Spending areas

The NASA Report showed that the greater chunk of the monies generated went towards HIV care and treatment, with spending in this area ranging from 58% to 65% over the period

It was followed by ‘programme enablers and health system strengthening’ which took up just over a quarter of the expenses.

Third on the expenses list was HIV/AIDS prevention which received between 7.5% and 9.3% of total expenditure.







Measles, Polio and other childhood vaccines dispatched to regions



Childhood vaccines, Newscenta, Polio, Measles, Ministry of Health, Regions,

The Ministry of Health (MoH) and the Ghana Health Service (GHS) have received the first consignment of Measles vaccines, Bacillus Calmette–Guérin (BCG) vaccines and Oral Polio Vaccines.

The Ministry of Information in a statement said distribution to various regions and facilities was underway.

It noted that more vaccines are expected in Ghana in the coming weeks from multiple sources.

“More vaccines expected in Ghana in the coming weeks from multiple sources,” the Information Ministry added.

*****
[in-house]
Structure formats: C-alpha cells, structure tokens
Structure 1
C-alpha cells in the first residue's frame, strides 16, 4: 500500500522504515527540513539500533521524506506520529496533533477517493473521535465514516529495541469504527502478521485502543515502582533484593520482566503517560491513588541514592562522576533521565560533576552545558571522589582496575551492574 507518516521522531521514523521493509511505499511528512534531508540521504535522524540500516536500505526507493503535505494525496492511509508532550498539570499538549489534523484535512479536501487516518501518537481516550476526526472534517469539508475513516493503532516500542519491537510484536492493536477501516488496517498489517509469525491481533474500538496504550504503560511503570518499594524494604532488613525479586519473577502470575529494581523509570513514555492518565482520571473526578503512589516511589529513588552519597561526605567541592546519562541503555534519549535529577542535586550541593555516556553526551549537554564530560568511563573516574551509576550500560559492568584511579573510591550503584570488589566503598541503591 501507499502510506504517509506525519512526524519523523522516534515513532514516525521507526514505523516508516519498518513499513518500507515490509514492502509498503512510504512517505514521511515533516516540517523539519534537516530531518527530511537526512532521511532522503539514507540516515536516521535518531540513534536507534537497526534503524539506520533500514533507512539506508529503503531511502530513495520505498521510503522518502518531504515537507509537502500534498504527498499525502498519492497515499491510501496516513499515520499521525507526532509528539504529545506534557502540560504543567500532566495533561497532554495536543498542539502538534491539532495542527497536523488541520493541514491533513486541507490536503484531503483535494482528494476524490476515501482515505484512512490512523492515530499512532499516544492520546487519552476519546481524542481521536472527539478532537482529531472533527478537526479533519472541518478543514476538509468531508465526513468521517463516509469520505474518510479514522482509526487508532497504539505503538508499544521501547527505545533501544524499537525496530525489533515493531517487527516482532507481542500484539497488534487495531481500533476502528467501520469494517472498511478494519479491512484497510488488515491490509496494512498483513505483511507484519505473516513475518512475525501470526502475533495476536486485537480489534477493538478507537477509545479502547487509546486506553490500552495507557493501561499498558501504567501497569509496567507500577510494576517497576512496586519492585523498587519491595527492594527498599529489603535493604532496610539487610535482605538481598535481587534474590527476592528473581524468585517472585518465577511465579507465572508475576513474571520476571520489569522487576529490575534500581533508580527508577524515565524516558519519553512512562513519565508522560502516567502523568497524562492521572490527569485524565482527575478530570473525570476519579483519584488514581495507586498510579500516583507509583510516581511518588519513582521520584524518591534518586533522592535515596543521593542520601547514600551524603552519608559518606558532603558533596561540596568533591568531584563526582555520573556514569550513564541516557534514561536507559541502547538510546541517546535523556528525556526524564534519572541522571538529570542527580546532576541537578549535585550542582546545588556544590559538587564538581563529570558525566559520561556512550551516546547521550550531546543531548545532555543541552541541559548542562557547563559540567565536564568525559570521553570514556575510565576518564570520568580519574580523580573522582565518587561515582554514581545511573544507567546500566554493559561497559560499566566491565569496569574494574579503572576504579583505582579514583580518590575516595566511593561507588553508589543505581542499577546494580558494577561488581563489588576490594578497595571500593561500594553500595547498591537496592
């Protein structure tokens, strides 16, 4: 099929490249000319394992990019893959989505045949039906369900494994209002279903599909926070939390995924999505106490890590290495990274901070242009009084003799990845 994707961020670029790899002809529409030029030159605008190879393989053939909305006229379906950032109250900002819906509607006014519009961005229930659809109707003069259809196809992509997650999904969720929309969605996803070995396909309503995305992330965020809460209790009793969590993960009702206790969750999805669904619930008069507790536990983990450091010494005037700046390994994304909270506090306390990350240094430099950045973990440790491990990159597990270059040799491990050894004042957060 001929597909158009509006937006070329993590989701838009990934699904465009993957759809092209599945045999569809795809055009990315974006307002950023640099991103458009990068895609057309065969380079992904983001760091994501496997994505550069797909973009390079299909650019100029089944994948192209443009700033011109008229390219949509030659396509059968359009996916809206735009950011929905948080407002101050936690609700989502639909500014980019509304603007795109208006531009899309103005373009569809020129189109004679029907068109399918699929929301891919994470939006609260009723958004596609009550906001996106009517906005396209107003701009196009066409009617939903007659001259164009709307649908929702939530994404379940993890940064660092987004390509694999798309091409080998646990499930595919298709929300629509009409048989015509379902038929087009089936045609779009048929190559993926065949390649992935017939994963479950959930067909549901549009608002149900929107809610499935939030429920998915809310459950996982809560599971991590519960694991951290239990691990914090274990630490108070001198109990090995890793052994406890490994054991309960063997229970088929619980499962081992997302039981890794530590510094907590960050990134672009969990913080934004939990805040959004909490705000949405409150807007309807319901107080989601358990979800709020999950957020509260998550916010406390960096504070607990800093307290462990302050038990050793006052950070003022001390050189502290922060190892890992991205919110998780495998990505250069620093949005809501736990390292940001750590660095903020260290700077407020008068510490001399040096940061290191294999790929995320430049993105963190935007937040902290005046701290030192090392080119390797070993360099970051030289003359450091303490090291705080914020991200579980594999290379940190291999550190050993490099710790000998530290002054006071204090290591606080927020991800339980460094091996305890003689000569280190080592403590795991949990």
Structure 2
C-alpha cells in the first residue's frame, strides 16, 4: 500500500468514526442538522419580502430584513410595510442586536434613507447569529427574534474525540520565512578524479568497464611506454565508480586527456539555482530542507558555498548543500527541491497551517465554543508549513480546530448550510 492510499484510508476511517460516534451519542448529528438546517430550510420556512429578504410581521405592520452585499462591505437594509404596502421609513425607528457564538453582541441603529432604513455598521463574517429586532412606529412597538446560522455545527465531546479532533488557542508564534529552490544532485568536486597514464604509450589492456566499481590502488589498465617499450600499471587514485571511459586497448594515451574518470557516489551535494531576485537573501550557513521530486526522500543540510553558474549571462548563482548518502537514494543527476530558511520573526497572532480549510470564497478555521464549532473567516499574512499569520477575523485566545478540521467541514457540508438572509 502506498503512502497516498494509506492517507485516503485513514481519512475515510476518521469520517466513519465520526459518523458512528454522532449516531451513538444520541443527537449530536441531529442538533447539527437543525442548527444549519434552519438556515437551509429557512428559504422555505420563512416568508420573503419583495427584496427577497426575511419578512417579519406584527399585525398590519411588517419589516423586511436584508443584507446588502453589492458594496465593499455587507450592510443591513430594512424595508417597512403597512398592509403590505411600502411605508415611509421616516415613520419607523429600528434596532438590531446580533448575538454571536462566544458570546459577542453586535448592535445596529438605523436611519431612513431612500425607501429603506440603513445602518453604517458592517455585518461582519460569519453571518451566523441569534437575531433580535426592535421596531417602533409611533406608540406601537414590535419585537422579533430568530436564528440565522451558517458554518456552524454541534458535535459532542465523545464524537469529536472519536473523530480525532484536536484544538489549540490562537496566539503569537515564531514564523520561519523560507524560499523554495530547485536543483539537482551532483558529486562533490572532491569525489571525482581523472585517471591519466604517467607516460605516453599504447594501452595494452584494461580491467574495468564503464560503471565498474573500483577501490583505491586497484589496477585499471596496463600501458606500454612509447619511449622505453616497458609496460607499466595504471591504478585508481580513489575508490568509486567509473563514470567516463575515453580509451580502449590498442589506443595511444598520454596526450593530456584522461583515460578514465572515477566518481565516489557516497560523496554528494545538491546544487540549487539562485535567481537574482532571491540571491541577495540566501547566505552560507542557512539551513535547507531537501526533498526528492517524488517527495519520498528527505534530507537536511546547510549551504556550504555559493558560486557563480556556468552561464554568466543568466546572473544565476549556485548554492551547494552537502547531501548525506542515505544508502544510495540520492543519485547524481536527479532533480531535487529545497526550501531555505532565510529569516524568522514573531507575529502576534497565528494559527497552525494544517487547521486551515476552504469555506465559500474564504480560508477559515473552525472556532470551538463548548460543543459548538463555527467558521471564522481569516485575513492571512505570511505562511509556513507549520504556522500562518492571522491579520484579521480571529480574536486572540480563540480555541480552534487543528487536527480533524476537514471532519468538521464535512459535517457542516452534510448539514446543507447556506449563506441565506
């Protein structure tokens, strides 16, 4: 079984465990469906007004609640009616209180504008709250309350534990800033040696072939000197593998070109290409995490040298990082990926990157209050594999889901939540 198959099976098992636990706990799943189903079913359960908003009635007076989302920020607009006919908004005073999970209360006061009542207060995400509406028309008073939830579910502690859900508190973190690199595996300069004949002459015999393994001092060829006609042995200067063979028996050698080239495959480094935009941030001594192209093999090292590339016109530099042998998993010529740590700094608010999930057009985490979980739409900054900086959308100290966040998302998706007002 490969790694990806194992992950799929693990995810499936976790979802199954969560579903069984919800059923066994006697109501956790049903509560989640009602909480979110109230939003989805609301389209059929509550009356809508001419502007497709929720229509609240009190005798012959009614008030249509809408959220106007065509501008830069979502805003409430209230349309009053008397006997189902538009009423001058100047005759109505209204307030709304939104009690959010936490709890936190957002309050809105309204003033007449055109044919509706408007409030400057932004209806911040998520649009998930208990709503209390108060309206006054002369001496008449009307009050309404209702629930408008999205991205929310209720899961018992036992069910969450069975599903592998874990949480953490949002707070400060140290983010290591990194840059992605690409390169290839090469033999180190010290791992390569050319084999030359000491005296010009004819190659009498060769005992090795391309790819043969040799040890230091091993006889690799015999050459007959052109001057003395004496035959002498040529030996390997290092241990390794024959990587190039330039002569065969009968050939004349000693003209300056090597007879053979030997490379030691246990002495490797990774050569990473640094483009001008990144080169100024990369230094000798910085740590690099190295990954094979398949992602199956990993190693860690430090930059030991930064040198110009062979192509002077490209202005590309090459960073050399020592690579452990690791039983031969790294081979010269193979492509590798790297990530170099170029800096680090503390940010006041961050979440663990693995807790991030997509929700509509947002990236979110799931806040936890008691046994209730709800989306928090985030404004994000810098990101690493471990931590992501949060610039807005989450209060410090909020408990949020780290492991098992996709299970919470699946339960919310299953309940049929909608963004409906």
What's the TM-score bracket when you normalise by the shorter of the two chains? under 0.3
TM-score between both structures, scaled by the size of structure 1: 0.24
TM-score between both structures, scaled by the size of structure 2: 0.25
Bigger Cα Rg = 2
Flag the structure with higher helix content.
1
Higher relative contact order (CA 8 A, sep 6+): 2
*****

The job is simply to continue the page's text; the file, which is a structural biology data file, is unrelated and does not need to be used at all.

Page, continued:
It shared pictures of the GHS receiving the vaccines at the airport noting that they have already begun distributing them to various regions and facilities.


The ministry also shared photos of regional cold vans picking their consignments of the Measles, BCG and Oral Polio vaccines received and its accompanying logistics at the National Cold Room in Accra.

Ghana ran out of essential BCG and OPV vaccines as a result of the Ministry of Health’s failure to secure procurement of these vaccines since the year began.

The BCG vaccine is primarily needed to prevent the occurrence of tuberculosis in babies, while the OPV is to prevent polio infections

Other essential vaccines to prevent diseases such as measles, whooping cough, etc. are also in short supply.

Answering to parliament on the shortages, Health Minister Kwaku Agyeman Manu said that more than $6 million has been paid to United Nations Children’s Fund (UNICEF) to deliver baby vaccines.


According to him, the government expects the shortage to end in the next three weeks when all the vaccines are delivered.

Whilst urging the Legislators to approve funds needed for vaccines, he assured that shortages will not reoccur